Top 5 Reasons Why We Will Love Ted
With summer around the corner, there are plenty of huge sure-blockbusters that are going to happily accompany us through its probable heat-waves. As far as comedies go though, there are very few if we take count of all the comic books or action-oriented projects that will dominate this coming season. There is one particular project that struck our attention that combined the opposed elements of cute and vulgarity. Seth McFarlane, creator of Family Guy, voiced, wrote and directed Ted: a teddy bear that, by the wish of a little boy, comes to life and grows up to be best friends with him. Absurd and raunchy, it may just sound like what we need for the summer, and here is why.
#5 Ted Doesn’t Come Off As Desperate
Ted’s first trailer to appear online and in theatres, was what the studios call a Red band trailer, which pretty much involves any profanity or nudity, you name it (R-rated, NC-17-rated). With that, it wasn’t clear what the plot was nor explaining why the hell there was a filthy-mouthed living teddy bear (not like we care, anyways) interacting with the very likeable Mark Wahlberg. A few days after, a Green band trailer was released for Ted, going into some story backdrop and giving the movie a friendlier aspect. Of course, the best one is where you can actually recognize Seth McFarlane’s writing in action without any censorship. If the studios wanted to fool people into thinking this was a family-friendly pic with a cute but raunchy plush, they would have shown the Green ban trailer first. Ted is showing some backbone, and I think it’s a good sign.
Here’s Ted Official Red Band Trailer #1
Here’s Ted Green Band Trailer #2
#4 Only Comedy of the Summer
We could say that this summer is filled with big blockbusters titles and comic books movies and no noticeable comedies to counterbalance it. You’re probably thinking of The Dictator for a great summer comedy, and sure, looks great. But it’s only in May. Leaving all the rest of the summer with no guilty-pleasure material to enjoy with our buds. Ted comes out July 13th, meaning it’ll be squished in between The Amazing Spider-Man and The Dark Knight Rises. Don’t know if that would’ve been the best timing for the type of movie, but the way I see it is we’ll have Ted to decompress and laugh our tushies off and we won’t have a weekend without taking a celebratory trip to the theatre for the week to be over. Again, a good thing.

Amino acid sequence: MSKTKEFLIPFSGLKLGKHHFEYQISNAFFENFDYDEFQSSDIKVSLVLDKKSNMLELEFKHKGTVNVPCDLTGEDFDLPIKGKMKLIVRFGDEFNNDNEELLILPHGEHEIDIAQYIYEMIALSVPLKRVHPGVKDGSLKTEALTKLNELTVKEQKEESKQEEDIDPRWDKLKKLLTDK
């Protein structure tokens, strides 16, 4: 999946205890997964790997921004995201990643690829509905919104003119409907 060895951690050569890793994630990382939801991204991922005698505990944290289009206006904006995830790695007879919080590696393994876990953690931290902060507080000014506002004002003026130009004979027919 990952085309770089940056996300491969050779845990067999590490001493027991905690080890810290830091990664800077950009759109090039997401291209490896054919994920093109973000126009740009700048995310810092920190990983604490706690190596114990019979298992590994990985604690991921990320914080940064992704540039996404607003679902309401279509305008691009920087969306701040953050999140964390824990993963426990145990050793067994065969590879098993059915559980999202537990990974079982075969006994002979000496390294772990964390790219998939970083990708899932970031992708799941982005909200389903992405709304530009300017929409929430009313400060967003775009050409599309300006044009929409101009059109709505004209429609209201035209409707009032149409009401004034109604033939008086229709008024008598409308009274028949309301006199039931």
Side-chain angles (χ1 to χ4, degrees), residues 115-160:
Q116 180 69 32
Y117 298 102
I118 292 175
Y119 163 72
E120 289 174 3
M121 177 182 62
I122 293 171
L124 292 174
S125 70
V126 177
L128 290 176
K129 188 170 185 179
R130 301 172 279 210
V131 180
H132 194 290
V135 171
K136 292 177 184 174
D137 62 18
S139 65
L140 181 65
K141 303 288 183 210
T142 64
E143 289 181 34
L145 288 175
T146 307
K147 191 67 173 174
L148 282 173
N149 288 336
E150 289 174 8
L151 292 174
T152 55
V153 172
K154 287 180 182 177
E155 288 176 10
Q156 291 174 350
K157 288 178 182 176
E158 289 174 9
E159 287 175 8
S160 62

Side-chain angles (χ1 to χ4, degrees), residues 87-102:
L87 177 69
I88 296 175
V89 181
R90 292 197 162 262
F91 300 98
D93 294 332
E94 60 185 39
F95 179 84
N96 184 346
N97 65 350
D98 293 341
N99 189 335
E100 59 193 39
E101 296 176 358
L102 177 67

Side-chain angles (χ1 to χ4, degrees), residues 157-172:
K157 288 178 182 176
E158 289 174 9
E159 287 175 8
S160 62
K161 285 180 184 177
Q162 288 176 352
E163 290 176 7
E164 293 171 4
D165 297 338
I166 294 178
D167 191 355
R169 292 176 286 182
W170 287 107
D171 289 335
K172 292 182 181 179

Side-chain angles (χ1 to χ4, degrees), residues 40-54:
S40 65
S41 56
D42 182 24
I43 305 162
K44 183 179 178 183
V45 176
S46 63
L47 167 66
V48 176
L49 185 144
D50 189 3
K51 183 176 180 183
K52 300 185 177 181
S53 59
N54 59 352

#3 It’s a Bromance
There’s a reoccurring trend and well-known twist for the romantic comedies sub-genre for a while now, and it’s called a Bromance. I still believe the best ones are still to come (21 Jump Street is the proof) and Ted clearly shows this type of formula based on the love that two friends/brothers have for each other and the tests they surpass to overcome their problems. Of course, this one is filled with a hint of magic and a ton of vulgarities but I think it gives it a distinctive look from what we’ve seen in a while (movie-wise). Overall, I’m pretty sure that despite the language and all that jazz, that Ted will (hopefully) surprise us and have an unexpected depth in the story within relatable characters and the situations surrounding them.
#2 Seth McFarlane’s Writing
This is Seth McFarlane’s directorial debut and first live-action project. Of course, his material is often tongue and cheek humour and is redundant with all three TV shows he created and still writes for. But, no matter what we say about this matter, there’s always gonna be an audience for one of those shows and that’s why he keeps making more. Seth McFarlane obviously knows his audience and he knows where to stir to get the proper attention where it deserves. Ted feels pretty generic compared to how Family Guy or American Dad are composed (if dissected). That’s why Ted will surely please many fans of McFarlane’s writing because he found a niche people expect him to work with. Again, that’s a win in my (metaphorical) book.
#1 Mark Wahlberg in a Comedy
The Other Guys. This only should be enough reasoning but let’s elaborate: Before that movie came out, my hopes on this actor were lost and hopeless. He never quite seemed to nail the type of part he was destined to play and felt like a wasted talent. Date Night came along and featured a new façade to Wahlberg’s persona, and it was refreshing to see him in something so, well, comedic. In 2010, the unpredictable and hysterical The Other Guys was released and Wahlberg proved to have a real calling for comedy. That just suits him well and the studios seem to think just as well considering his part in Ted. If you haven’t seen The Other Guys (first: shame on you) go watch it now and you’ll understand why you will urge to watch Ted and to see Wahlberg put to test. For the last time, this movie cannot fail us, it’s simple math.